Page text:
Chances are you are more religious about taking photos of and posting your food than saying grace before meals. Then there’s the obsessive exercise in lighting and composition. Never mind that you’re almost always eating your food cold. There’s also the fascination with the unusual and the outrageous, all fueled by the fear of missing out. Cheese pulls, gravy pours, sauce drips, yolk breaking, everything big, bigger, biggest. As of writing, there are 233,948,487 posts on Instagram with the hashtag #food and this number will have increased by the thousands by the time this story comes out. Instagram has definitely changed the way we eat, as many give more importance and immediacy to sharing a meal with their digital followers than with actual people at the dining table.
Patricia Noel of Room For Dessert swears by Instagram being instrumental in the advancement of “food porn.” She feels that there is a sense of “belongingness” whenever people post photos of a trending food item or a meal at a hip new place. On the flipside, she also observes that some people make purchases for social media posting purposes.
Digital culinary worship, if anything, has opened our eyes—and mouths—to the world of food, and refined our palates. We have been quicker to pick up on the trends on the other side of the planet, and have made our obsession with food more apparent.
They don’t actually like or even eat the products themselves. But for the sake of a nice post or the possibility of getting engagement, a number of people are guilty of buying something just to be able to spread word about it online. As for the premium brands have placed on visual appeal, she says some establishments may have even focused on “pretty” at the expense of taste, quality, logic, and daily caloric allowances.
The Bald Baker Cy Ynares sees the socioeconomic leg-up of the free app for home businesses and new entrepreneurs as more cost-effective advertising: sharing. “I was able to maximize my Instagram account and organically shift my online cookie store into a food blog. The additional exposure I get from being a foodie helped me capture new customers that in turn grew my customer base,” he says.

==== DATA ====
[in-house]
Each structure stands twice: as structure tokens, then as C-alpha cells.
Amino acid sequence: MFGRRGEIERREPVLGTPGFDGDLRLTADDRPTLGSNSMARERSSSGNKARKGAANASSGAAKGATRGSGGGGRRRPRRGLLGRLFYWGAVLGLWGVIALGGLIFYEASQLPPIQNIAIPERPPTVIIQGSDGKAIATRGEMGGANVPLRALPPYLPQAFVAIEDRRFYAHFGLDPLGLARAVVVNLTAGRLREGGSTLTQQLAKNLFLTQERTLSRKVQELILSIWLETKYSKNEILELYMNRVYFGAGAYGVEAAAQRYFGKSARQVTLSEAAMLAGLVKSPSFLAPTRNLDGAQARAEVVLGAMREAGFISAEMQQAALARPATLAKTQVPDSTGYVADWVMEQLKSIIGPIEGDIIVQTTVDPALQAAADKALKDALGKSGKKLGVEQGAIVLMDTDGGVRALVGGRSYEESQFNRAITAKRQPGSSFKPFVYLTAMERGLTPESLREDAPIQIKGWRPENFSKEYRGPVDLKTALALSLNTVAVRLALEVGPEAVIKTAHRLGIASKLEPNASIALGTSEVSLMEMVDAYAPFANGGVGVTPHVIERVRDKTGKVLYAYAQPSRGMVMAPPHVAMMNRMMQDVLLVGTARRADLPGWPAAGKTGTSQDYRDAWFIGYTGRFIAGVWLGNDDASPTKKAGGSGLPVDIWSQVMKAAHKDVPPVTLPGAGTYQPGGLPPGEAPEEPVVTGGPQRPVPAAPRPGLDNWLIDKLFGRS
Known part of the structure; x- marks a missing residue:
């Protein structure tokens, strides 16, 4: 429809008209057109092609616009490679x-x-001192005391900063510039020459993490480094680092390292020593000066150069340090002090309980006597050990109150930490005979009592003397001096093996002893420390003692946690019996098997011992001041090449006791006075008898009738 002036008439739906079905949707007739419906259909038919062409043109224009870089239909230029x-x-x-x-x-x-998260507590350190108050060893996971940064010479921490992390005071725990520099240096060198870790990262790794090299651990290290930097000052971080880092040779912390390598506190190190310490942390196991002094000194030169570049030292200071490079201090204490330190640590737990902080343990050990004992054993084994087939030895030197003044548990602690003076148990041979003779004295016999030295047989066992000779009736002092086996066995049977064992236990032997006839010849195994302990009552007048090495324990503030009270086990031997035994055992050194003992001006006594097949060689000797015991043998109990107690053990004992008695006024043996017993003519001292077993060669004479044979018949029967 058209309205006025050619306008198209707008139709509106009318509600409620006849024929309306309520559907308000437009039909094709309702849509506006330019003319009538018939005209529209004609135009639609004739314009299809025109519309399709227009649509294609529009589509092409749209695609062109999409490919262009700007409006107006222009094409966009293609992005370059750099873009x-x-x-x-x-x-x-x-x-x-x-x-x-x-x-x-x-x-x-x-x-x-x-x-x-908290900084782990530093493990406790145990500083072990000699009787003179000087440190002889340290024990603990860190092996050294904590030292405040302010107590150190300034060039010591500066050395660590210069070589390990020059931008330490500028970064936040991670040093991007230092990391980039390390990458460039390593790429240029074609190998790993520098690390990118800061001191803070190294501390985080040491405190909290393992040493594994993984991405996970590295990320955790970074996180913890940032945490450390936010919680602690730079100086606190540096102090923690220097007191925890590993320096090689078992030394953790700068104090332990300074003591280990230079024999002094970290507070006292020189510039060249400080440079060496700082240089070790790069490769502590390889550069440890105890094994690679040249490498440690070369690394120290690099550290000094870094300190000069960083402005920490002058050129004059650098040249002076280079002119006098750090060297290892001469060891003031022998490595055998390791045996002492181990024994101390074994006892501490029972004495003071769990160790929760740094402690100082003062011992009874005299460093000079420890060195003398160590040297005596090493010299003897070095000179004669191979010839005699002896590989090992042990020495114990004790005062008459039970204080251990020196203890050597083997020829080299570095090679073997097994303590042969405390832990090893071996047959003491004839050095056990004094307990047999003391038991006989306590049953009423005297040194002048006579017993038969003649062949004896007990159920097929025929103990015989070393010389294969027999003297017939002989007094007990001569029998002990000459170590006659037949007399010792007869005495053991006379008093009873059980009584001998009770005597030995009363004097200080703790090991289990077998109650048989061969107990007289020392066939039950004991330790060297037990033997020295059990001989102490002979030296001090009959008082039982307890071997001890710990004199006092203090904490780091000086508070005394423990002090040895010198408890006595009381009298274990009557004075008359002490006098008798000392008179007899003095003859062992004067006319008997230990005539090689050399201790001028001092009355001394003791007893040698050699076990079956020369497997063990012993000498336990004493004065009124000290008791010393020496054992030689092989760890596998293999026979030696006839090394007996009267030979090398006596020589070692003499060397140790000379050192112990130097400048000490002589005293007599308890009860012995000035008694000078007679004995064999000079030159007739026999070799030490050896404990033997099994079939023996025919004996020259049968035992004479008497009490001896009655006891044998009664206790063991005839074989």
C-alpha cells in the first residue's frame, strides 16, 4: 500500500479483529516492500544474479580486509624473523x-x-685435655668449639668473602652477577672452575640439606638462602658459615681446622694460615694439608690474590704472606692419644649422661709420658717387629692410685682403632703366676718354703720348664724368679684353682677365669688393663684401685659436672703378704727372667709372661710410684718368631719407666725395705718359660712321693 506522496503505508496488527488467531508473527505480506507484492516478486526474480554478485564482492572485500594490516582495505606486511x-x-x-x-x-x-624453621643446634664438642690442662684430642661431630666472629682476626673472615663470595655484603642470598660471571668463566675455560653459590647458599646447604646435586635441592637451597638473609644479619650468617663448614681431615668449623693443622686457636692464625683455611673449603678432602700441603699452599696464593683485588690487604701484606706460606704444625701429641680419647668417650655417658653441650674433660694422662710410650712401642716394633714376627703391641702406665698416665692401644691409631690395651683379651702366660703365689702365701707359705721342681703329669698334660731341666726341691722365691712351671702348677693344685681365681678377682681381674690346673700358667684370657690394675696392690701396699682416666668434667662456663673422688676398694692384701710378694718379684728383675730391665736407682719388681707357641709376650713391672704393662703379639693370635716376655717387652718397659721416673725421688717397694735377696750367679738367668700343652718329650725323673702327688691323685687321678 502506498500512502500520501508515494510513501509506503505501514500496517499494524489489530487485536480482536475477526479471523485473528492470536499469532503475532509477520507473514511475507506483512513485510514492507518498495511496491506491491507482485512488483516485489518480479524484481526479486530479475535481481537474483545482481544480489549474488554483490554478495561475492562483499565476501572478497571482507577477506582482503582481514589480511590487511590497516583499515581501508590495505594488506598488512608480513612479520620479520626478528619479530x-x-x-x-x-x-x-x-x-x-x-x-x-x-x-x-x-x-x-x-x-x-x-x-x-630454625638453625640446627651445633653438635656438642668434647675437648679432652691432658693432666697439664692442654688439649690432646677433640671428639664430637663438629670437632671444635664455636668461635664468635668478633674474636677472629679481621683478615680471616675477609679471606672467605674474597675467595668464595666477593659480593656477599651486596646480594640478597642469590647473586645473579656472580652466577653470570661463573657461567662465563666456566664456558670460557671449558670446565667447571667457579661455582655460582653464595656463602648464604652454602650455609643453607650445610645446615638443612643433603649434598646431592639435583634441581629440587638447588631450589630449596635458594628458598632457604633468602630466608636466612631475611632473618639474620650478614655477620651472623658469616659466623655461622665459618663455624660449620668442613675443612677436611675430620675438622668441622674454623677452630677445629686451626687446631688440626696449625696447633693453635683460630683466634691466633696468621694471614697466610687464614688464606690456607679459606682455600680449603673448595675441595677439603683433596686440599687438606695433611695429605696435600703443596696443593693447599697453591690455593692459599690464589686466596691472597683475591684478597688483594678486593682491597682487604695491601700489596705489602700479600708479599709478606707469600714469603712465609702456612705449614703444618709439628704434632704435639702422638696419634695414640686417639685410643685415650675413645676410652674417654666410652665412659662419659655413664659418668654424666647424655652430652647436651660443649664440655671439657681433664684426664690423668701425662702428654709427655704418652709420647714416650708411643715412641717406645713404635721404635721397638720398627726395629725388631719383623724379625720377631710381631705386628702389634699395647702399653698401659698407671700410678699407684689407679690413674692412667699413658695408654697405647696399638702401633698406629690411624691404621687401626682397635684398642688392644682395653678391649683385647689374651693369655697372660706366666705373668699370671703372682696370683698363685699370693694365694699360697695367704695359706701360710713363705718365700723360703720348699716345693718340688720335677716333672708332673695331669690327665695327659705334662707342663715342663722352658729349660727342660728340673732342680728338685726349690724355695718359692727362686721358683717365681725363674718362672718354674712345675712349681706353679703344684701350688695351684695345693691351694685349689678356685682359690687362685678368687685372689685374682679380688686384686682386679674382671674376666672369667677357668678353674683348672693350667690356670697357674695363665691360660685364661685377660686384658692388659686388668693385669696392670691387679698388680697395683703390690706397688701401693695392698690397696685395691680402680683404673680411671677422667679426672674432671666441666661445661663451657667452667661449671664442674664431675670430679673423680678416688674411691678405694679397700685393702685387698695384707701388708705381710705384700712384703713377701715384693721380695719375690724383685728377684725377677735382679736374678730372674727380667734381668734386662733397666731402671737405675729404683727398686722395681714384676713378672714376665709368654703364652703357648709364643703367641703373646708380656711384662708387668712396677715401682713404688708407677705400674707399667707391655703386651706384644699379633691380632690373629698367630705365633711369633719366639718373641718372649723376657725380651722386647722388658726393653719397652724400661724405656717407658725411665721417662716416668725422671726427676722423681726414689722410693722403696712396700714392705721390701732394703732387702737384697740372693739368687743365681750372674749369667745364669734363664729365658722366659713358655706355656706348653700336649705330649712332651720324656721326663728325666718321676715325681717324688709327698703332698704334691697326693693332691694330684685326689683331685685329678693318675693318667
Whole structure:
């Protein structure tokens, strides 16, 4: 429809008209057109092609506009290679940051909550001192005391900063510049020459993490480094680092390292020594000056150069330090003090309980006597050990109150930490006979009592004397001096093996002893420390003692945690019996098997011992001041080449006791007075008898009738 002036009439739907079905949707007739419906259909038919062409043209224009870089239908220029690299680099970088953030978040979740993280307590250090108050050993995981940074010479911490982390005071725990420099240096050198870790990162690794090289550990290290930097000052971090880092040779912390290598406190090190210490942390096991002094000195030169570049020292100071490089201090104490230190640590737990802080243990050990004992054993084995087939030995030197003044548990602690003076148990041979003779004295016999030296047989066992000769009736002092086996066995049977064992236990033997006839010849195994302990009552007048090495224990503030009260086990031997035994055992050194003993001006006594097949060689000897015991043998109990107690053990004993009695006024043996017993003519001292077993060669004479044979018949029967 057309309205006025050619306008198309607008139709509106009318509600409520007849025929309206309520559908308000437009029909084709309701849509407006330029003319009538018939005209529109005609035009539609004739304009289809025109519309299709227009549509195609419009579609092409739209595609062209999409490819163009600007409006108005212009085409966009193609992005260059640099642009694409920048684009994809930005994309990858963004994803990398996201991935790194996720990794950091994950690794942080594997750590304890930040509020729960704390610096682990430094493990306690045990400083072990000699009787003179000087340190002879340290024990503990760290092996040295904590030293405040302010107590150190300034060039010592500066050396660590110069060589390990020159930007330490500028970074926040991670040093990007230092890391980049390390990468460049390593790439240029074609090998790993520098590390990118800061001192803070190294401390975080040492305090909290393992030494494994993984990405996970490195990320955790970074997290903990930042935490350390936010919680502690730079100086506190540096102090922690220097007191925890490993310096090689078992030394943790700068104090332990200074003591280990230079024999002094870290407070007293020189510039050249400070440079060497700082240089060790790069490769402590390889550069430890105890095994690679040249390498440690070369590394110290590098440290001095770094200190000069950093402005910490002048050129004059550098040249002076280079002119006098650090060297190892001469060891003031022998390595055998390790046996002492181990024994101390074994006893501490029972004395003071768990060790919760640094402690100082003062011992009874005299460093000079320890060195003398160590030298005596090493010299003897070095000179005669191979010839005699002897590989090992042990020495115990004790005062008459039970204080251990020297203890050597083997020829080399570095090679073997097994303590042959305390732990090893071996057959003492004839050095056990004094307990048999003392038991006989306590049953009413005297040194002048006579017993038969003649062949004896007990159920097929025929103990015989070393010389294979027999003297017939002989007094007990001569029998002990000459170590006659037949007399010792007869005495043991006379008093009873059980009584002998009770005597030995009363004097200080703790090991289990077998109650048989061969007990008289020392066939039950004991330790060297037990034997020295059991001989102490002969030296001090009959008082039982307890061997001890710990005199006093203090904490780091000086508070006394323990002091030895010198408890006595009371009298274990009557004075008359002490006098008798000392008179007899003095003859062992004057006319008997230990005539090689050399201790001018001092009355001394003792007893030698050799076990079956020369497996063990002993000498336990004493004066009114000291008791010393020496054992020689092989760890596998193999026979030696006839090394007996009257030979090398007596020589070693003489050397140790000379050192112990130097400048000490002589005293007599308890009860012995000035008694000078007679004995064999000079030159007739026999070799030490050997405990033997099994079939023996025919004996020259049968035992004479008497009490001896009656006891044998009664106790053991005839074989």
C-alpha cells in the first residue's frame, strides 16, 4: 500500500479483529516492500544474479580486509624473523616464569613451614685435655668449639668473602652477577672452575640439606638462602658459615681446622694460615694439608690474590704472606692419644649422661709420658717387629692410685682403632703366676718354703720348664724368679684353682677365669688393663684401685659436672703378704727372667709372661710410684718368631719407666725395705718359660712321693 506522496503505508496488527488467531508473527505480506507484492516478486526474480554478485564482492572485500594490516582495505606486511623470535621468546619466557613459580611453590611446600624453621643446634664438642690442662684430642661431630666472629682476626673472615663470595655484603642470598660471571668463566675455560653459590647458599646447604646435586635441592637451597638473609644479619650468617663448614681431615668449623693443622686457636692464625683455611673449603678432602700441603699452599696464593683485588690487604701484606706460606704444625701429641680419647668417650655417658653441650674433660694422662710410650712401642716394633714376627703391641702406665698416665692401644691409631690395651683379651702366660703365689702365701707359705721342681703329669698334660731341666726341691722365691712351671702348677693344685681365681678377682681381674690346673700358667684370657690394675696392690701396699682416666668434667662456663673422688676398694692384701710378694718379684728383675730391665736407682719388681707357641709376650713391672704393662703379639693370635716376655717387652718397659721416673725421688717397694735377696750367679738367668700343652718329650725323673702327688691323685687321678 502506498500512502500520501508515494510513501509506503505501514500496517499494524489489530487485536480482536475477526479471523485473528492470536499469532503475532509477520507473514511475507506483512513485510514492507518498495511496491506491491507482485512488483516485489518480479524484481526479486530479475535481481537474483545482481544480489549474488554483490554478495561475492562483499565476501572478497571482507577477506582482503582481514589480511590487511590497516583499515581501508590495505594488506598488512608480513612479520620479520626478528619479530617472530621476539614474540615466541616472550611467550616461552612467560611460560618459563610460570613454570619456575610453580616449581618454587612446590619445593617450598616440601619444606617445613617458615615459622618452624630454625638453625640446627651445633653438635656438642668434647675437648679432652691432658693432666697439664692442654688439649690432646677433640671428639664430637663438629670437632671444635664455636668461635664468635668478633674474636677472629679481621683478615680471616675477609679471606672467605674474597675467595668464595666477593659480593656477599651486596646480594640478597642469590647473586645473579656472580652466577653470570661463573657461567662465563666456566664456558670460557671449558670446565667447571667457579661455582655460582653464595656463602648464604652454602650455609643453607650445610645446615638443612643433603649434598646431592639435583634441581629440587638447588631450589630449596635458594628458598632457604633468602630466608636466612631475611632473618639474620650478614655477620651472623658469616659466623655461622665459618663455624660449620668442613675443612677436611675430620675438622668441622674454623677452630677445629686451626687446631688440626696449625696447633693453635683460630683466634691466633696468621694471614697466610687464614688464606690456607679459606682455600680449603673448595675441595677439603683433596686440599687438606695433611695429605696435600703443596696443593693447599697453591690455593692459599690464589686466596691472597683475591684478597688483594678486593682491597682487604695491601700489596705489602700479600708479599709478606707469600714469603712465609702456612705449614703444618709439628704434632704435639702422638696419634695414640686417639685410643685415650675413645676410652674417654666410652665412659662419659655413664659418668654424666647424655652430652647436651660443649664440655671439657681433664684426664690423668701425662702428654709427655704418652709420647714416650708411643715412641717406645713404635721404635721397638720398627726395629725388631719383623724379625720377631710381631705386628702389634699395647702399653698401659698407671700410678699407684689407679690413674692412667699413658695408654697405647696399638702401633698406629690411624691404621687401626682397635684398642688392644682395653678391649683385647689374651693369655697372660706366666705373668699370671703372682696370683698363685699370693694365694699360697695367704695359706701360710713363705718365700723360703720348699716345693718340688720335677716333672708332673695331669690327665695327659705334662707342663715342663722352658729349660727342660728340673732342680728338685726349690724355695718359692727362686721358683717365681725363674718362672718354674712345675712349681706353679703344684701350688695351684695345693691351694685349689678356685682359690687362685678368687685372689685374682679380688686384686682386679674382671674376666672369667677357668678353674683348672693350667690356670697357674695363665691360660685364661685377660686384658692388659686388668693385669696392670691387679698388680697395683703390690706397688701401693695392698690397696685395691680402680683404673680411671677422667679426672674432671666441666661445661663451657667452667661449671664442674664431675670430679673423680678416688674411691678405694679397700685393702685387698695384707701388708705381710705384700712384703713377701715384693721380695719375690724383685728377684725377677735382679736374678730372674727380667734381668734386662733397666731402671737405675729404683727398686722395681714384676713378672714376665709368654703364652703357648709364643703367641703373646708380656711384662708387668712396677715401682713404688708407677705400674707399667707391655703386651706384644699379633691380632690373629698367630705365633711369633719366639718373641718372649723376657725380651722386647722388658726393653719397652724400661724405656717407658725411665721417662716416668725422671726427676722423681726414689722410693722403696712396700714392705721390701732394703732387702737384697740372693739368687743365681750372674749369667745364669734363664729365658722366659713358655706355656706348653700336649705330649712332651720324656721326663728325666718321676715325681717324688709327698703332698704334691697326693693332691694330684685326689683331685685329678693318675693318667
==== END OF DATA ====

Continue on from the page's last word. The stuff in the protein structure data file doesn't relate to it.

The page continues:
The new algorithm
Virality is a food business’ dream. Noel’s dessert café was introduced to a larger international audience through a video repost of her Fairy Floss Soft Serve by Insider. Garnering millions of views, it led to exposure on several other online platforms. Ynares, on the other hand, not only puts out beautiful photos but augments his content with wild and arguably wildly popular IG Stories.
Post as often as three times a day and, in particular, between 30 minutes to one hour before standard meal times, Certified Google AdSense publisher Gerald and Janice Yuvallos both suggest. Positioning a product in the path of the #hangry—hungry therefore angry, or emotionally vulnerable, at the least—is a no-brainer. Ynares used to post three to five times a day with the chronological order of the feed. The new IG algorithm, however, makes post visibility dependent on the quality of pictures, type of media, and the presence of current followers online.
Table courtesy may have been sacrificed because of it, but people seem to have already forgiven, forgotten, and well, accepted the habit. Just don’t make the mistake of putting food on the floor for a flatlay shot. That’s taking it a bit too far, don’t you think?
“Knowing the basic concepts of people’s online behavior and the ability to take photos that look enticing and genuine are usually all it takes. The owner’s intimate knowledge of their products—and an ability to create short yet impactful captions, then adding relevant #hashtags—go a long way,” says Gerald. Social media managers may be unnecessary for smaller, non-chain operations, but such dedicated expertise for producing content, engaging followers, and growing their online presence should not be discounted.
Ynares plans and plots posts for major announcements or big promos. His daily posts, however, are more on the fly and often related to his actual daily experiences. Noel generally plans at the start of the year for certain periods given sales and outlet performance from the past year, working her calendar around monthly targets and seasonal push products.
Digital culinary worship
Trolls are one thing, and verifiable customer disappointments are another. Noel believes that whether positive or negative, a brand should always acknowledge the consumer’s experience while also being objective with respect to the situation. The Bald Baker diffuses tension with humorous replies and constructive comebacks. Janice had the unfortunate experience of finding worms in her shawarma once. The unapologetic store staff charged her in full; management ignored callouts, both private and later public, online. “We guess the infestation started all the way from the top.” That establishment eventually went on a steep decline.
The world continues to turn, food porn is still in fashion, and people have become more accustomed to the fact that the camera eats first. Digital culinary worship, if anything, has opened our eyes—and mouths—to the world of food, and refined our palates. We have been quicker to pick up on the trends on the other side of the planet, and have made our obsession with food more apparent. Table courtesy may have been sacrificed because of it, but people seem to have already forgiven, forgotten, and well, accepted the habit. Just don’t make the mistake of putting food on the floor for a flatlay shot. That’s taking it a bit too far, don’t you think?
Originally published in F&B Report Vol. 14 No. 5